Eddington Writes on Aviation Security

13th Jan 2004

British Airways chief executive Rod Eddington today gave his views on the impact on aviation of the latest heightened security alerts in the US.

Writing in today’s Financial Times, Mr Eddington said: “Much has changed in aviation since I first joined the industry in the late 1970s. My first priority on each day is unchanged, though. Keep the aircraft safe.

“Having spent my career adhering to that mantra, you would understand why I and my colleagues at British Airways take particular interest in the current debate on sky marshals.

“My starting position has always been that guns and planes don’t mix.

“However, I accept that in the current climate an armed police officer, correctly deployed, on board a particular flight might have a place in aviation security.


“Our position at British Airways is that if indeed security on a particular flight could be enhanced by the onboard presence of an armed police officer, we would be happy to accept that fact.

“Equally, we maintain that if we have any cause for concern regarding the safety or security of a particular flight, we would simply not operate that service. We demonstrated that with the recent cancellations.

“To meet the high standards we set ourselves, the effective and safe deployment of an armed sky marshal has to meet exacting criteria.
The key issue for us is relatively simple, but with potentially complex solutions
It is that everything about the airport security we operate currently is designed to keep guns off commercial aircraft.
So we now have to find a way of getting them on board safely and, crucially, in a way which would not compromise the covert nature of a sky marshal’s deployment. For obvious reasons, it would not be appropriate to air the relevant issues and solutions.
Within British Airways, a team of senior managers from our flight operations and security
departments are drawing up a protocol for deployment of sky marshals which we believe
will work for our passengers and crew. It must also, of course, be acceptable to the Department for Transport.

“I have to say I have been impressed with how transport secretary Alistair Darling has handled what is undoubtedly a thorny issue. He has taken a measured and mature view and shown real leadership while under some pressure to allay the concerns raised by both the aviation industry and the general public. The issues raised with him by Jim McAuslan, general secretary of the pilots’ union BALPA, echoed broad concerns across the industry.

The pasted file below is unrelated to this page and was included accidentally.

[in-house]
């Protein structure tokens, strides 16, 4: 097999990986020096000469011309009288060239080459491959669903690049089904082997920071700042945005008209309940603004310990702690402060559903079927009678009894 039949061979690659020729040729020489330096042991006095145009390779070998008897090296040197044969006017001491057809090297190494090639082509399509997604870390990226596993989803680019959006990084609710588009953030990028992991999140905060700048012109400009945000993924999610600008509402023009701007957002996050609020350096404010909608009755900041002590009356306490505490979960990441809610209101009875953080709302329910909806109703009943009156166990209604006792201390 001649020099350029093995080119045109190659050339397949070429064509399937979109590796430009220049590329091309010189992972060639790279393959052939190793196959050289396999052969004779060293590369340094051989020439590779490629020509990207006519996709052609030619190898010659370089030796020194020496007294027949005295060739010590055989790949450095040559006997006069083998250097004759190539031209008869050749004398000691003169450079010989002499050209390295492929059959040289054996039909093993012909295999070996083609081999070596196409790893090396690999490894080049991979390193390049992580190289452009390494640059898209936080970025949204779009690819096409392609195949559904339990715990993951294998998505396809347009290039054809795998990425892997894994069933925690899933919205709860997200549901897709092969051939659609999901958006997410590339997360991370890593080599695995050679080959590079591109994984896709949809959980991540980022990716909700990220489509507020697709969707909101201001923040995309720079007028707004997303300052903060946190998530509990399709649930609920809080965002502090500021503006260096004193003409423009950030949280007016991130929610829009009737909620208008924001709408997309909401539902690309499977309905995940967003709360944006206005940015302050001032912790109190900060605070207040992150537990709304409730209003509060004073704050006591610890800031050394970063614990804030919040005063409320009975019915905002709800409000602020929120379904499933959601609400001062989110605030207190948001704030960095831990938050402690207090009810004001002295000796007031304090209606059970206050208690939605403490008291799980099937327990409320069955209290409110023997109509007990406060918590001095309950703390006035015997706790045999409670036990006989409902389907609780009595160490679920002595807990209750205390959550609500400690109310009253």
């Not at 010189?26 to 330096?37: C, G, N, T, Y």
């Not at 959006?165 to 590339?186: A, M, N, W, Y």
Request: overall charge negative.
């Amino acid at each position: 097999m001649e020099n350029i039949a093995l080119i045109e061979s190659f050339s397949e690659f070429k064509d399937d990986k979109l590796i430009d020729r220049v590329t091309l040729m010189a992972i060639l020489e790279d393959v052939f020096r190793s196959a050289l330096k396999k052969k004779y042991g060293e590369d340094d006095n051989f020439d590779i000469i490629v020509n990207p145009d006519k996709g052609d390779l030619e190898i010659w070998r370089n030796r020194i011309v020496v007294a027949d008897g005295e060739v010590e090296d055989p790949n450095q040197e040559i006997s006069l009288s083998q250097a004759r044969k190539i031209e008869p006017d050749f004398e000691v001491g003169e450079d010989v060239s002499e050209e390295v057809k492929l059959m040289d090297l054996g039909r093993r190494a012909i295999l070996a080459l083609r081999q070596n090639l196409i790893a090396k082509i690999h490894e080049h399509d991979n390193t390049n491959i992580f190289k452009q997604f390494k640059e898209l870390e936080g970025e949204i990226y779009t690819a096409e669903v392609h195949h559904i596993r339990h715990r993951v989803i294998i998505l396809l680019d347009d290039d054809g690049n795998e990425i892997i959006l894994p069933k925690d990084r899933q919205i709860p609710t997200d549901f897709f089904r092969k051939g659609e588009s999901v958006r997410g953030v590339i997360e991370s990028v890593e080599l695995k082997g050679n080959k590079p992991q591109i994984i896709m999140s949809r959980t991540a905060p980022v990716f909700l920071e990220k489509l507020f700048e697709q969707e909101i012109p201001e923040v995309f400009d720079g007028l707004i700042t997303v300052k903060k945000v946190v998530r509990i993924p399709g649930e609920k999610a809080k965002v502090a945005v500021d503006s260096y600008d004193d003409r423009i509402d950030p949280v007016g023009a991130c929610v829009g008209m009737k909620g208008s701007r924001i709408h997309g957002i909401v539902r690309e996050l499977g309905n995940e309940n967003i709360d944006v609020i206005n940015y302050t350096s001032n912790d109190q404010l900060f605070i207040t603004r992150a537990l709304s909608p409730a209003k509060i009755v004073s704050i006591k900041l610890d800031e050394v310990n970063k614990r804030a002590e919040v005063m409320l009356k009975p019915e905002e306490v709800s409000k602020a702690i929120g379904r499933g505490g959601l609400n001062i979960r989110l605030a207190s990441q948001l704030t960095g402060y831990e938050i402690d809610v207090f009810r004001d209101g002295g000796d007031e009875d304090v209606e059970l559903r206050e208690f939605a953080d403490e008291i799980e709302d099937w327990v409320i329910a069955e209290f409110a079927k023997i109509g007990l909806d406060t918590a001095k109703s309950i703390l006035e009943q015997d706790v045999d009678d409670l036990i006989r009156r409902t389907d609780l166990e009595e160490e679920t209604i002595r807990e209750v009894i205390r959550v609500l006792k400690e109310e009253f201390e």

“The recent heightened state of alert in the USA has thrown up some interesting lessons. For security reasons, throughout last week the passenger list of one of our Washington flights, the BA223, had to be checked by the US authorities. It was an extension of the APIS (Advance Passenger Information System) regulations which are now a requirement of the US for all overseas carriers. It resulted in a daily delay of up to three hours for the passengers on this flight after they had boarded the aircraft.

“I am a fan of vigilance, and British Airways makes no apology for its strict security measures. Our customers expect it and recognise it is part of what BA stands for. But I am not a fan of needless bureaucracy. Last week`s delays were due, in part, to the fact that a total of 22 different agencies claimed a reason to check one passenger list. Without diminishing the thoroughness of the checks in any way, we are now working with the US government to streamline this process for the future without compromising its thoroughness.

“Our customers be they from the UK, Europe, US or elsewhere, have reacted with remarkable stoicism to these latest developments. Rather than rail against the extra checks, they have been reassured by them. In addition, we have seen little impact on forward bookings.
Passengers tell me they are encouraged by what they see on board our planes. We were the first airline to install locked, reinforced cockpit doors and CCTVs linking the cockpit and cabin. Our crew are trained to cope with any eventuality. Our additional annual security spend since 9/11 is £100 million and rising as we find innovative ways to further minimise any possible risk to our aircraft and passengers.
Some of the recent security alerts have been a mixture of the serious and surreal.
Back in October 2002, the RAF scrambled two Tornado fighter jets to Heathrow when it was feared our incoming service from Baltimore was being subjected to a hijack attempt.
The alert came after the captain reported to Air Traffic Control that a passenger had heard two agitated men on board have the following conversation:
First male: “Is this the right time?”
Second male: “We`ve been planning this for six months, let`s do it.”
First male: “Sure?”
Second male: “Let`s do it now.”

“A nervous flyer, sitting behind the men overheard them, became alarmed, alerted the crew and the incident escalated.
In fact the two men were a father and son from the USA debating the merits of a family reunion with a long-lost aunt in England. The father thought it was a great idea, the son wasn`t so convinced. Cue hijack alert. Some red faces ensued, but all ended well.
An over-reaction? With hindsight, of course it was. Do we want to under-react to a security alert? Absolutely not.
As we all tackle with the new security realities in aviation, I know that safety and security remains our first priority. I sit comfortably with that. So should the customers on any British Airways flight.”


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